“Are we curiously, openly and actively shaping the trends and shifts around us? Or are we ignoring them to pursue our personal passion paths or even worse, dismissing them out of hand as the machinations of ‘the oppressors’?”
At first glance, social enterprise seems synonymous with all that is good. After all (in hand with financial sustainability), the whole existence of a social enterprise is to achieve its social mission. Unlike traditional corporates, shareholders are put second to society.
It was refreshing to see some, like Jan Owen, not put the social enterprise sector on a pedestal but challenge it just as we do every other way of doing good and/ or business. It can be hard to question people and organisations who are seen to be carving a path of positive change. But if we want social enterprise to grow into all it can be, we have to be curious - not just about the global challenges we face as social entrepreneurs, but also the challenges that we face within our organisations.
2. Let's not follow the charitable sector
Did you know Aotearoa has the highest number of charities per capita in the world? Yup. That is a lot of charities. On one hand, that is awesome. We obviously care about stuff. The downside is that the charity model is not inherently financially sustainable. More often than not, charities are relying on donations to survive. In practice, this means we have a huge number of charities competing for a share from the same (very small) pot of money to survive.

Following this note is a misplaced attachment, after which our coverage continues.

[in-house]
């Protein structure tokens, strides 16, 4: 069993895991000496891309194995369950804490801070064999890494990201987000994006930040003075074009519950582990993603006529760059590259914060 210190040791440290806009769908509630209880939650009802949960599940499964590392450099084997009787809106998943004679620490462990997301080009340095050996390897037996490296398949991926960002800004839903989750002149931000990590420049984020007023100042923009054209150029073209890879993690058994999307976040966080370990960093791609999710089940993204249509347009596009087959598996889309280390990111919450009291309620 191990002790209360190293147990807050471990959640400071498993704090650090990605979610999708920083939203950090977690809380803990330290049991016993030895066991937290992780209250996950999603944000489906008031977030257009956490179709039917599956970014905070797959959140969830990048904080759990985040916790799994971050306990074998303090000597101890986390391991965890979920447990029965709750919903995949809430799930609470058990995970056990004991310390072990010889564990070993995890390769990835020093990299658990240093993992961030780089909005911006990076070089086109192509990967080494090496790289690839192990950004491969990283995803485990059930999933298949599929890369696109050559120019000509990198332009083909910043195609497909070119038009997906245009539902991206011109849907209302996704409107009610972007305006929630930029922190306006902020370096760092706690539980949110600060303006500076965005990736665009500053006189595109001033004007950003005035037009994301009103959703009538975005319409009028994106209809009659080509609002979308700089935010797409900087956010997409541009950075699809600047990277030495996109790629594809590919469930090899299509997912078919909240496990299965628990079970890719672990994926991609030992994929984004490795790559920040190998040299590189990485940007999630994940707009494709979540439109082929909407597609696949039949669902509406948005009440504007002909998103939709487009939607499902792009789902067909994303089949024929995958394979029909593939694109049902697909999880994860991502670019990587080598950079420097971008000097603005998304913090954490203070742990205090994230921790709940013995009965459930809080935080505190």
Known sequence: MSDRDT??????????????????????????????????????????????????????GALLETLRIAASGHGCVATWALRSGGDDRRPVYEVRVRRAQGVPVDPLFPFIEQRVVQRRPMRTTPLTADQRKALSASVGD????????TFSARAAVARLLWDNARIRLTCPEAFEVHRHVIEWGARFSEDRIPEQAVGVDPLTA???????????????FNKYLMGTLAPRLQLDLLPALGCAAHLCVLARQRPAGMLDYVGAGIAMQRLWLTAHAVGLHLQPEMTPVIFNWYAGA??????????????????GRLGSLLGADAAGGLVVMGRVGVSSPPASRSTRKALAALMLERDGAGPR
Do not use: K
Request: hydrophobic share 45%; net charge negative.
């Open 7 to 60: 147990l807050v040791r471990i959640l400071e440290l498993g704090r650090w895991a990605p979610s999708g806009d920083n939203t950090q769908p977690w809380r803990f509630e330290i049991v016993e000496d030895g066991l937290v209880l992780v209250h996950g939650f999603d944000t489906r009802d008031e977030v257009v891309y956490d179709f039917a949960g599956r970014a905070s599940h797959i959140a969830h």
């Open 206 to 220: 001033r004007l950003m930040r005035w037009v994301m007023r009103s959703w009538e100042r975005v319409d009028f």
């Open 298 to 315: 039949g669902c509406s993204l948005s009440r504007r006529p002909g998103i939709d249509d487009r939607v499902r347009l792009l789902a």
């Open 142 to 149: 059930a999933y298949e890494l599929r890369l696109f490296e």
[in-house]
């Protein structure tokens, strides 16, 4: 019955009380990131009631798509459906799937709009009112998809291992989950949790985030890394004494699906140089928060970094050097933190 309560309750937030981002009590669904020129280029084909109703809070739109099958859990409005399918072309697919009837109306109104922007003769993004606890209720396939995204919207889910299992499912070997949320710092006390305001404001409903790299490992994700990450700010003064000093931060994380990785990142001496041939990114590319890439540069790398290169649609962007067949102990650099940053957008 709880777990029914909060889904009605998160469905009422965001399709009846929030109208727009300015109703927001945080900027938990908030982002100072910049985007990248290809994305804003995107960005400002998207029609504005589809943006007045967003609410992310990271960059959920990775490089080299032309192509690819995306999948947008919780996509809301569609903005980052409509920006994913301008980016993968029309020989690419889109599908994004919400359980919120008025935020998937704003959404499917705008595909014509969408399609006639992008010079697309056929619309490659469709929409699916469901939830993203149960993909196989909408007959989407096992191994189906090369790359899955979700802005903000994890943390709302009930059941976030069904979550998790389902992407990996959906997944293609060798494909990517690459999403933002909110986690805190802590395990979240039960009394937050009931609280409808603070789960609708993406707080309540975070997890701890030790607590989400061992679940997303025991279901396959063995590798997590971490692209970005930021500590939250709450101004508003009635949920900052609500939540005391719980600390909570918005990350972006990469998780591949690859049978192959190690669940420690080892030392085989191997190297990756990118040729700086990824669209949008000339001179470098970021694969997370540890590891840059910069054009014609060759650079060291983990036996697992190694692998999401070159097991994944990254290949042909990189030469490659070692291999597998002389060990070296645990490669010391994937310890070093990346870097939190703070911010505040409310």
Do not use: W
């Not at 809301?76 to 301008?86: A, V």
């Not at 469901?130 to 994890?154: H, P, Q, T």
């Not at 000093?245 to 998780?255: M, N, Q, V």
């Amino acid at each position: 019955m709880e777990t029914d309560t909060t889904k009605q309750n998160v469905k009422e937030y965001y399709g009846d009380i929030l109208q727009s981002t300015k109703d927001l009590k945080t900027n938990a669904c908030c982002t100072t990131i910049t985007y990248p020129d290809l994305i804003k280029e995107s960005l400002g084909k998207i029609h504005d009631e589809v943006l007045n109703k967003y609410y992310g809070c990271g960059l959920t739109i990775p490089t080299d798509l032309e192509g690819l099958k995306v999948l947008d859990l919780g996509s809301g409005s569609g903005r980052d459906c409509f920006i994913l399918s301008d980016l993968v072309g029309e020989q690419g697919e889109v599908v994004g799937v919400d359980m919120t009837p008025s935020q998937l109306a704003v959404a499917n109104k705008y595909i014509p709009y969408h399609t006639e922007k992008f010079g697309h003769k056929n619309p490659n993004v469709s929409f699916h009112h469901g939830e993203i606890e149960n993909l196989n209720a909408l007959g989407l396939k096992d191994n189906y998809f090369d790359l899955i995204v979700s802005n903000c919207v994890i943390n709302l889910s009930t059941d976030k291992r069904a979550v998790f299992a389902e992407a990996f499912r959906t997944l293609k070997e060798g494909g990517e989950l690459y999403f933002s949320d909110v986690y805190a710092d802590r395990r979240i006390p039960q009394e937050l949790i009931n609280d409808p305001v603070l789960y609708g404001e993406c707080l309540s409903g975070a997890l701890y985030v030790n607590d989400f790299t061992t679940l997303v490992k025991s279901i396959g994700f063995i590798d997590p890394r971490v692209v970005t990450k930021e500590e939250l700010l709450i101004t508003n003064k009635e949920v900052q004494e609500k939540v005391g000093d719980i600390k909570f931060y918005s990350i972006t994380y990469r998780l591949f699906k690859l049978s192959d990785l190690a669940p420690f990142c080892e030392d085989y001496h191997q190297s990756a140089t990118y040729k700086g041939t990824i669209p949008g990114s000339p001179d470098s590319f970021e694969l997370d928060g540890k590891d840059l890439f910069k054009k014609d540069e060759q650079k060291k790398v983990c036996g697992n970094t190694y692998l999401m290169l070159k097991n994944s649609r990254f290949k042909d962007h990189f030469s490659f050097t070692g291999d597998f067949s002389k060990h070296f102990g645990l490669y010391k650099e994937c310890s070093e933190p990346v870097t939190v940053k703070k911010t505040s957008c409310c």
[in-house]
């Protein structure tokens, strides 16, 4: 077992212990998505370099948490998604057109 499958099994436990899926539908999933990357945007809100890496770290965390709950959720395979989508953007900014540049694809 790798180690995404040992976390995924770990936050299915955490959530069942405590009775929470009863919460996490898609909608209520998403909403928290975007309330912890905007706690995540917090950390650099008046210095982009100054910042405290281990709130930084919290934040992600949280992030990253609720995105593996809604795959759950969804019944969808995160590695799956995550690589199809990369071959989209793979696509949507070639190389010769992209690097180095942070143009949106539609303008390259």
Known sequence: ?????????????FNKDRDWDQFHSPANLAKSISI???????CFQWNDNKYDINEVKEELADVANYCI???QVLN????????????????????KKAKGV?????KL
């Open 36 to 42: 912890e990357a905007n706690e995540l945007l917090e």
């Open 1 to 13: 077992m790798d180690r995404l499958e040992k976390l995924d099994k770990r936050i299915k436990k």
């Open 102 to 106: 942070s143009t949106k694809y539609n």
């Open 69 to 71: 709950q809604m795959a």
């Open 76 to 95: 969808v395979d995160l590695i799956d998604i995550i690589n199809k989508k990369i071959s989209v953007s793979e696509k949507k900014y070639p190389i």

But the Forum signalled there is change in the air. I attended an all-female panel discussion that included Michelle Sharp, CEO of Kilmarnock Enterprises. I went to a participatory session and heard Ben Gleisner talk about the funding strategies for Conscious Consumers. As a volunteer, I led a tour that visited Trees for Canterbury. These organisations are all examples of charities that have pivoted into social enterprises.